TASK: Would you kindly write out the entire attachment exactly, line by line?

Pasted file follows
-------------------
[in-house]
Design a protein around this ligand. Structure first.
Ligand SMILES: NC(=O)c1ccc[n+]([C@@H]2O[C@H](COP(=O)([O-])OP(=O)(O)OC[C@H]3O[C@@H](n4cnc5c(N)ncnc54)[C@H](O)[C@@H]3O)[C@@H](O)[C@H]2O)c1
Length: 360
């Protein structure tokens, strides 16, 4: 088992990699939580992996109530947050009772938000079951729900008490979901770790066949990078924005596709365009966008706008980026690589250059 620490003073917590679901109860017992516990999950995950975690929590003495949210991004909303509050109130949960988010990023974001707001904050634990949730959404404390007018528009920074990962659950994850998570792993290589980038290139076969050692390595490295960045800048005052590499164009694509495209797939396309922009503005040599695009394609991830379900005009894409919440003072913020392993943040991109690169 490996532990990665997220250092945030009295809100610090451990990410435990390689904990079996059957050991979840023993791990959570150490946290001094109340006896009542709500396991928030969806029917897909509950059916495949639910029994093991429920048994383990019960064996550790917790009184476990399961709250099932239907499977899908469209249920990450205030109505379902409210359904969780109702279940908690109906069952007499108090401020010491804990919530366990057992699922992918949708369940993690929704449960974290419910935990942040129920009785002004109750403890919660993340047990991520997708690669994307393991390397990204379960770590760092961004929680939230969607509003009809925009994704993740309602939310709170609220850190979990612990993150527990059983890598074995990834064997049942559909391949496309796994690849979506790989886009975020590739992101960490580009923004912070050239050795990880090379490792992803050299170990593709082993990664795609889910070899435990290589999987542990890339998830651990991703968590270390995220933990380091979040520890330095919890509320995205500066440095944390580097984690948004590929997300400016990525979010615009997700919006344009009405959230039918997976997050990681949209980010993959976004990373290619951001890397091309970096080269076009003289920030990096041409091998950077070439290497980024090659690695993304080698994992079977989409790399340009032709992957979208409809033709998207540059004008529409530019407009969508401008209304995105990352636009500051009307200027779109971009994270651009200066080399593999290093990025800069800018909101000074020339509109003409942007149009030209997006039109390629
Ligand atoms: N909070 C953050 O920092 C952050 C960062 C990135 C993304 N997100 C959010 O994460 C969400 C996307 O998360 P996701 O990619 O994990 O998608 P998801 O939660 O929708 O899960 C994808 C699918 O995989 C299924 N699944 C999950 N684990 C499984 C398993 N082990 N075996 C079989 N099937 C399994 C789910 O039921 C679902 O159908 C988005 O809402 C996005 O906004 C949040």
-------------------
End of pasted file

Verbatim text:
[in-house]
Design a protein around this ligand. Structure first.
Ligand SMILES: NC(=O)c1ccc[n+]([C@@H]2O[C@H](COP(=O)([O-])OP(=O)(O)OC[C@H]3O[C@@H](n4cnc5c(N)ncnc54)[C@H](O)[C@@H]3O)[C@@H](O)[C@H]2O)c1
Length: 360
């Protein structure tokens, strides 16, 4: 088992990699939580992996109530947050009772938000079951729900008490979901770790066949990078924005596709365009966008706008980026690589250059 620490003073917590679901109860017992516990999950995950975690929590003495949210991004909303509050109130949960988010990023974001707001904050634990949730959404404390007018528009920074990962659950994850998570792993290589980038290139076969050692390595490295960045800048005052590499164009694509495209797939396309922009503005040599695009394609991830379900005009894409919440003072913020392993943040991109690169 490996532990990665997220250092945030009295809100610090451990990410435990390689904990079996059957050991979840023993791990959570150490946290001094109340006896009542709500396991928030969806029917897909509950059916495949639910029994093991429920048994383990019960064996550790917790009184476990399961709250099932239907499977899908469209249920990450205030109505379902409210359904969780109702279940908690109906069952007499108090401020010491804990919530366990057992699922992918949708369940993690929704449960974290419910935990942040129920009785002004109750403890919660993340047990991520997708690669994307393991390397990204379960770590760092961004929680939230969607509003009809925009994704993740309602939310709170609220850190979990612990993150527990059983890598074995990834064997049942559909391949496309796994690849979506790989886009975020590739992101960490580009923004912070050239050795990880090379490792992803050299170990593709082993990664795609889910070899435990290589999987542990890339998830651990991703968590270390995220933990380091979040520890330095919890509320995205500066440095944390580097984690948004590929997300400016990525979010615009997700919006344009009405959230039918997976997050990681949209980010993959976004990373290619951001890397091309970096080269076009003289920030990096041409091998950077070439290497980024090659690695993304080698994992079977989409790399340009032709992957979208409809033709998207540059004008529409530019407009969508401008209304995105990352636009500051009307200027779109971009994270651009200066080399593999290093990025800069800018909101000074020339509109003409942007149009030209997006039109390629
Ligand atoms: N909070 C953050 O920092 C952050 C960062 C990135 C993304 N997100 C959010 O994460 C969400 C996307 O998360 P996701 O990619 O994990 O998608 P998801 O939660 O929708 O899960 C994808 C699918 O995989 C299924 N699944 C999950 N684990 C499984 C398993 N082990 N075996 C079989 N099937 C399994 C789910 O039921 C679902 O159908 C988005 O809402 C996005 O906004 C949040």